While the end result might not be what the cast and crew had hoped for, this just might be the greatest idea that Menahem Golan and Yoram Globus had while they were cranking out features during their heyday under the Cannon Films banner. Why might this be the single most important idea they had? The reason is it’s the only legitimate teaming of the last great trio of horror film stars with another aging veteran tossed in for good measure.

Vincent Price, Christopher Lee, Peter Cushing and John Carradine. That’s a one hell of a great idea. Plain and simple. Appearing in any film alone, these icons can make it a memorable experience but to see them all on camera in one haunted tale makes this a must see.


Using the often filmed Earl Derr Biggers tale, Seven Keys to Baldpate as a vehicle for our notorious foursome allows for each actor to claim some screen time with their counterparts. It’s an old dark house tale where a young author played by Desi Arnaz Jr. takes up a wager to spend a night in a deserted mansion known as Baldpate Manor. He has one night to come up with a novel in a bet he’s made with his publisher played by another actor of note, Richard Todd.


Sounds easy enough and off he goes expecting an abandoned estate only to find himself coming face to face with an aging couple passing themselves off as caretakers played by Carradine and  Sheila Keith. Next up is blonde haired and pleasing to Desi’s eyes, Julia Peasgood drifting in to the estate attempting to distract the young author from winning his bet on the say so of her employer Todd.

Desi’s idea of a quiet secluded English estate is quickly taking a turn for some spooky goings on when in walks Peter Cushing claiming to be a lost traveller in a late night storm. I remember seeing this film back in 83 on VHS and being surprised at how gaunt the aging horror legend had become. At that time I was of course used to seeing the virile and energetic performer playing Van Helsing and the Baron Frankenstein. It’s a great reminder of how we see actors for years on TV and movies that were made in the past and the reality of seeing just how they look in the present.

“I have returned.”


Next up is Vincent Price who quickly launches into a Shakespearean styled monologue. Classic Vincent and when Desi attempts to step in, Price hilariously admonishes him, “Don’t interrupt me while I’m soliloquizing. “ Desi is beginning to think something is being kept from him and the walls have secrets. One more classic film star is about to enter the plot.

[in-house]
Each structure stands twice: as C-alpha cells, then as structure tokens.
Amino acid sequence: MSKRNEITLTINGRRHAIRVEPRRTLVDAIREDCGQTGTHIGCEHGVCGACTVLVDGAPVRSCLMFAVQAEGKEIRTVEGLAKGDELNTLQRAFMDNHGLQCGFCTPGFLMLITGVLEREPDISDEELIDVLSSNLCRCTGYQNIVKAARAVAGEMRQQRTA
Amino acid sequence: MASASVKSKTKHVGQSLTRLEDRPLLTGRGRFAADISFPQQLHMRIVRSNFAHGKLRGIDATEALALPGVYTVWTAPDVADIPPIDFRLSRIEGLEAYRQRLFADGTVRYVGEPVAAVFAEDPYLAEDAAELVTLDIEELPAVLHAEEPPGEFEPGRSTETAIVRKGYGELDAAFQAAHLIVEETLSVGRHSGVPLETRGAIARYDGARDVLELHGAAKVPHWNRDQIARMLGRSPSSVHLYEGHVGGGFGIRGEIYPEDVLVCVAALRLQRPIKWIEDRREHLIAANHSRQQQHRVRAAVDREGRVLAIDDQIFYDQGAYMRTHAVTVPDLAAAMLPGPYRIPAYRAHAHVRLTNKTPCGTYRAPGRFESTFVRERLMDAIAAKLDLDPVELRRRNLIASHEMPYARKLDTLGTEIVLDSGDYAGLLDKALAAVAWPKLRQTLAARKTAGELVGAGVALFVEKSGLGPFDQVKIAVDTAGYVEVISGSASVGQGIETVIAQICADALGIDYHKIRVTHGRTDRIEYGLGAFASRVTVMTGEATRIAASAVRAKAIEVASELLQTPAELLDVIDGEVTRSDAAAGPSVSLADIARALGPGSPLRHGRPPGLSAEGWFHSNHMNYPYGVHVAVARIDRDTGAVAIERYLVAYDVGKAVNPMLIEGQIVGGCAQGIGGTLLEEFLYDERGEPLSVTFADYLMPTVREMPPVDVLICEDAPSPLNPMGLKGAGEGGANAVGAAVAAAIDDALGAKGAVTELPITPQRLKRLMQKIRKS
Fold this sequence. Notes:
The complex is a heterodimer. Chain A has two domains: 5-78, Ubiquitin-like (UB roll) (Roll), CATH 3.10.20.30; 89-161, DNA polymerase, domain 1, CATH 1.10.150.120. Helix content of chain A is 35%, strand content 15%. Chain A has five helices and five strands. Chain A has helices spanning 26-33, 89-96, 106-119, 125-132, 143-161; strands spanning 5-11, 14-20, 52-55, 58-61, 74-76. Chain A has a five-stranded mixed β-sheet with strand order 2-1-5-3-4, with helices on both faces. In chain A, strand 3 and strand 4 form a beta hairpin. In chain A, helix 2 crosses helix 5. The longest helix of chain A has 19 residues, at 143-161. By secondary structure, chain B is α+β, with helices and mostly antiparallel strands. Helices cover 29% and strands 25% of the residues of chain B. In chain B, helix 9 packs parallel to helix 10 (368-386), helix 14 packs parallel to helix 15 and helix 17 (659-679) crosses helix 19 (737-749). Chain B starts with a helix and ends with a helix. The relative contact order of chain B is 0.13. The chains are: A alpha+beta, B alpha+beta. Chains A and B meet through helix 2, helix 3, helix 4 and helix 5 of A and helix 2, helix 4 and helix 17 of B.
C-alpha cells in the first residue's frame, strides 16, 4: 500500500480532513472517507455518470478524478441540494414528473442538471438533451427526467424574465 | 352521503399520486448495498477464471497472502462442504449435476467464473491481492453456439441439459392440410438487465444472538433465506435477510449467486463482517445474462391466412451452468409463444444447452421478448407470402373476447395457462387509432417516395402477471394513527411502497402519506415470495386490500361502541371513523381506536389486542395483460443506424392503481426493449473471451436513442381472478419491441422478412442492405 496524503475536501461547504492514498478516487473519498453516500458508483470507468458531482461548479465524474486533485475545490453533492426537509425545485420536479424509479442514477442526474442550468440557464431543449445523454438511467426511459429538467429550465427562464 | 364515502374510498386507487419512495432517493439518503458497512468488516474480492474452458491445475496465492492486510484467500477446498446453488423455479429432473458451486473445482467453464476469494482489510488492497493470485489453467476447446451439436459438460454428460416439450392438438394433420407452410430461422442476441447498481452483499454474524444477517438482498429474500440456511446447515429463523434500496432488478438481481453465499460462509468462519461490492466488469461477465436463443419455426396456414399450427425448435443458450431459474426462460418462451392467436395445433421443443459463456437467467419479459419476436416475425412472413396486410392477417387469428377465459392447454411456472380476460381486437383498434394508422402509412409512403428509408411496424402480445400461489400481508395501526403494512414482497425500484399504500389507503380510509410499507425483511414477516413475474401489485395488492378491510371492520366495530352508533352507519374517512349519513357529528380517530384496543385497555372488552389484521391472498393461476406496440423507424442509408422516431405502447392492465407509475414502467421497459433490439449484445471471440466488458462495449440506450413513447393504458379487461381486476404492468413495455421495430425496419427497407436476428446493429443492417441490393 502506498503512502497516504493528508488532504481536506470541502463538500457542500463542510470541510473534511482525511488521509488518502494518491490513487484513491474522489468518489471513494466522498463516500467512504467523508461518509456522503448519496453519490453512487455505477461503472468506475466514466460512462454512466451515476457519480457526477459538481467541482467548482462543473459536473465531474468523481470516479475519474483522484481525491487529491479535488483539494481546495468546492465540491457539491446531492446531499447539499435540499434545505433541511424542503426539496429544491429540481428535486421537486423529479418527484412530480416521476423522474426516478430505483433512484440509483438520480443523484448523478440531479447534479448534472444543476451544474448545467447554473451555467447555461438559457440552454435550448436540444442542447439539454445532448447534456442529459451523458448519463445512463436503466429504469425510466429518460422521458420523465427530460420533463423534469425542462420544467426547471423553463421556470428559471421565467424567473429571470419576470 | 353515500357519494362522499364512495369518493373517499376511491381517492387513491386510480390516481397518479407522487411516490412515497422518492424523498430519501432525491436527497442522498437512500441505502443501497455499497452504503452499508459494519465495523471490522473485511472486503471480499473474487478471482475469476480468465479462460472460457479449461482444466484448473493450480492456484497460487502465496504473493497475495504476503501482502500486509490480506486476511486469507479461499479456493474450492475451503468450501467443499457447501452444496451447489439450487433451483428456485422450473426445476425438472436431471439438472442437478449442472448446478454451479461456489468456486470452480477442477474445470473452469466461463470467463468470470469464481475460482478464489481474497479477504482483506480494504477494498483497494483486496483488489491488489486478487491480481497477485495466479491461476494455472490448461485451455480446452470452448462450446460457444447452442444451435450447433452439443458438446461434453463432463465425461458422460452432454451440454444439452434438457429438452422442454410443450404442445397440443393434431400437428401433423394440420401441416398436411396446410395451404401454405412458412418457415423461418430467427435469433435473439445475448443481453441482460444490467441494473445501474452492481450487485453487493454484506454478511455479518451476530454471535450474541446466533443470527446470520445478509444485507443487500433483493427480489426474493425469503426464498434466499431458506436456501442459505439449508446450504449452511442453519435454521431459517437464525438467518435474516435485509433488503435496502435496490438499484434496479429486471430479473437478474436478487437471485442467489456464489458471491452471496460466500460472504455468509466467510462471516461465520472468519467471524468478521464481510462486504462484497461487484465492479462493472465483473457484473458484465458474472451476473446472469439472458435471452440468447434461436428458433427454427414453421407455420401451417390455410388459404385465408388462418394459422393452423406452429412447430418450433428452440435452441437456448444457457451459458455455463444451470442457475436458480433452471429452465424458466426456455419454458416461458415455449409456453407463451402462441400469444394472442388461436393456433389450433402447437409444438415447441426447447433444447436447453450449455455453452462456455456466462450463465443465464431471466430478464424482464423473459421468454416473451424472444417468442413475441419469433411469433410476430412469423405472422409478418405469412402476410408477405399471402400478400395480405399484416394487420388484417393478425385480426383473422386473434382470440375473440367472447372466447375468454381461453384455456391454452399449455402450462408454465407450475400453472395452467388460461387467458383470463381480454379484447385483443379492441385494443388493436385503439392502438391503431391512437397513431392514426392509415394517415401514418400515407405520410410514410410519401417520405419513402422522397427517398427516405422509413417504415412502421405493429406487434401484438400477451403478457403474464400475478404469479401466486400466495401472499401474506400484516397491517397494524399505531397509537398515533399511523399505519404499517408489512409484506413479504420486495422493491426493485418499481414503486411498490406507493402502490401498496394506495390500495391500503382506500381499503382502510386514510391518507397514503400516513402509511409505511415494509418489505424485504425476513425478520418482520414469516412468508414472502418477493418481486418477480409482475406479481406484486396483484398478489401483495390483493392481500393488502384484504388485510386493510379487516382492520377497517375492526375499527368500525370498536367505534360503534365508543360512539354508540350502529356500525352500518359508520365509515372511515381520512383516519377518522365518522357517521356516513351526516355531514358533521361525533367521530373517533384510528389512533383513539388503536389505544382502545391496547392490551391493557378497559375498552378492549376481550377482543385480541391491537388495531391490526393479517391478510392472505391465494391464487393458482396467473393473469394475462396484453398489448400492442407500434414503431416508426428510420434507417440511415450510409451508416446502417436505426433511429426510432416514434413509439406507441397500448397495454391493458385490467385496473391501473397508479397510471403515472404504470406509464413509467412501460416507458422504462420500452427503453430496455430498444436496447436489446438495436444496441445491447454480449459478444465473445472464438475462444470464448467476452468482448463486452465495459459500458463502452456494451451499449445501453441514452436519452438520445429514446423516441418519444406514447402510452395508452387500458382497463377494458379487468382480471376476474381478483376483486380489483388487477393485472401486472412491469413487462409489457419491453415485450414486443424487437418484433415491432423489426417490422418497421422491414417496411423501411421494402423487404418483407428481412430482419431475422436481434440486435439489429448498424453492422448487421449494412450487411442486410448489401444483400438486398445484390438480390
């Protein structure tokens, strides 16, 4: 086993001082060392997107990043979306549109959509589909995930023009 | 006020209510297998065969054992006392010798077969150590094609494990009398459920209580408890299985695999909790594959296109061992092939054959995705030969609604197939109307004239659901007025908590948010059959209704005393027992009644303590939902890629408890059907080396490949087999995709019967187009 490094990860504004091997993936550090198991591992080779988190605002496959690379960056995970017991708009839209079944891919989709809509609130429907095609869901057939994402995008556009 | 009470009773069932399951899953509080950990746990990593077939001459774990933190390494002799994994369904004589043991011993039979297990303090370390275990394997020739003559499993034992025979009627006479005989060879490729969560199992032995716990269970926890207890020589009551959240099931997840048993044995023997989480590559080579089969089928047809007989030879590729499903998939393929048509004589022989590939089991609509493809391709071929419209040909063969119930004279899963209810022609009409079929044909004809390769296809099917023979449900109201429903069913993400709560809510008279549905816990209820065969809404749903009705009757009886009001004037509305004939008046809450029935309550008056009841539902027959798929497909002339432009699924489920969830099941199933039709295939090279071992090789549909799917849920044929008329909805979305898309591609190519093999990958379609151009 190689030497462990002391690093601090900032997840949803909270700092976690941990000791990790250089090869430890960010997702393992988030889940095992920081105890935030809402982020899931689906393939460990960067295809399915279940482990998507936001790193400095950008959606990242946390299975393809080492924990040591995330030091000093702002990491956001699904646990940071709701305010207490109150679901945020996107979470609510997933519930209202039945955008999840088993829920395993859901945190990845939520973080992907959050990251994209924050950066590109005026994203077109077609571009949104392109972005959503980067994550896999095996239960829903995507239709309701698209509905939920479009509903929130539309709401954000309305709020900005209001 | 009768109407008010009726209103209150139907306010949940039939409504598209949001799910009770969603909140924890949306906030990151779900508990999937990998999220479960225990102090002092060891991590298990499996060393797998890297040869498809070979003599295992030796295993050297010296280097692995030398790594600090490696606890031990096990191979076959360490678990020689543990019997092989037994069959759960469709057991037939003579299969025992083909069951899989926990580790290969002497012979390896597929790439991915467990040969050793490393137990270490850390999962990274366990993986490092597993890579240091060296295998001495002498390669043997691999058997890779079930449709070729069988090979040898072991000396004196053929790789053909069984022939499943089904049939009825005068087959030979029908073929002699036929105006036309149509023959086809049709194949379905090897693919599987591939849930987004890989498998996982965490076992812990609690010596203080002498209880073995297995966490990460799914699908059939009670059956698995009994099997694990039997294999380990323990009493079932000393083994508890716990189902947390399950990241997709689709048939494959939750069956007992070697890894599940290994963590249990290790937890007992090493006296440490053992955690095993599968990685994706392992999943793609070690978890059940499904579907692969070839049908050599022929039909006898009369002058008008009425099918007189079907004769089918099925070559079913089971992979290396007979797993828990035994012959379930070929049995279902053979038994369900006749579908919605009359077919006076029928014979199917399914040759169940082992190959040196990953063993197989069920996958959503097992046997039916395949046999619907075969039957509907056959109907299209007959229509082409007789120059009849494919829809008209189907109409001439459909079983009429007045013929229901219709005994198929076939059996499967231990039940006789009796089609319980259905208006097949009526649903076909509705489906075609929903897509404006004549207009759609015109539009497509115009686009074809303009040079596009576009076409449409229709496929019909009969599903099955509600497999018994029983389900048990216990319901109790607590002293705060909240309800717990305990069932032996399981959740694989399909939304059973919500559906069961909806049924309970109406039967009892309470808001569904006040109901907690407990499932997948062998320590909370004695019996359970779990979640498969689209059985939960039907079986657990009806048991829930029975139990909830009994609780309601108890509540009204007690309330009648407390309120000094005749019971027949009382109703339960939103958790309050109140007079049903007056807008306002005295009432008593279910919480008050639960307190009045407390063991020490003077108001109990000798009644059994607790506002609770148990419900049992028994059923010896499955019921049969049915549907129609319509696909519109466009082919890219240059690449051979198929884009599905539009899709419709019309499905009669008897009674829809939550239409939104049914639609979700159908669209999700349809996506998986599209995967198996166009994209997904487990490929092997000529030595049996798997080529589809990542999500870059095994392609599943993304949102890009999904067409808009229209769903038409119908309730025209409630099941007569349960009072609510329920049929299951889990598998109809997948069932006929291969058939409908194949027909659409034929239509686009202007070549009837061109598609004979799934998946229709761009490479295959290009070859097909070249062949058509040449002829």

Arrogant, regal and commanding. Just the way we all grew to love and appreciate the screen presence of Christopher Lee. Lee strides in to the mansion demanding to know who is on the premises while claiming to be the new owner of the Manor. Secrets are revealed that Price and Cushing are brothers, Keith there sister and Carradine the father of the Grisbanes. Years ago they condemned a younger brother to an imprisonment after defiling a young girl in the town. He’s been walled up and his sentence is over. The family has reunited to release him. Murder and thrills lie ahead when the room is revealed to be empty.


Long Shadows was directed by Pete Walker. Perhaps best known for 70’s exploitation type films such as The Flesh and Blood Show or Die Screaming Marianne. Could that be the reason this Cannon production seems to have a hard time distinguishing itself as an outright horror title or perhaps an homage to simpler thrillers of time past? No matter in the end as the film plays reasonably well and it’s not the director that genre fans are concerned about in finding a copy of this film that was thankfully rescued and released on blu ray by Kino Lorber with plenty of extras.

Cushing and Lee are historically famous for their many duels and collaborations over the course of their careers, most notably in the many Hammer productions they teamed up for. I’d loved to have seen Dear Vincent join them in the fun but it wasn’t until 1969 that Lee appeared with Price in the Oblong Box in a rather minor role. The following year all three appeared in Scream and Scream Again. That made for great advertising but in truth, Cushing was in it for about 8 seconds and never appeared with the other two. A cameo by Peter in the second Price/Phibes film shouldn’t be counted but in Madhouse, Peter and Vincent finally costarred together though the film comes off as a minor entry in Price’s horror cycle. So with this Cannon film, the trio finally share billing and enough scenes to satisfy their fans. Click here for my views on the importance of actors appearing together even if the film’s turn out to be less than hoped for.


When it comes to Carradine, it’s a bit different. John’s career goes back further than any of the others. He’d been on screen with Vincent in various films over the years including The Ten Commandments and just two years prior to this film in The Monster Club. Though he never shared any scenes with Cushing, they both popped up in the creepy Shock Waves and he’d also appeared in the 1981 two parter for television, Goliath Awaits with Lee.

There’s so much history involved here when we discuss the careers of these four actors that spanned decades and continents. I don’t recall Long Shadows getting a theater release at the time in my area because if it had, I’d have been bugging Mom to take me to see it. The VHS tape solved that problem thanks to the home video market. Sure it’s not the best film any of these guys have to offer but it is the best one they can offer us where they shared the screen together. And on that note, it’s rather likable for us fans of these gentle men who instilled in us a fear of things that go bump in the night or may be lurking in the closet shadows while watching a late night thriller curled up beside Mom and Dad on the couch.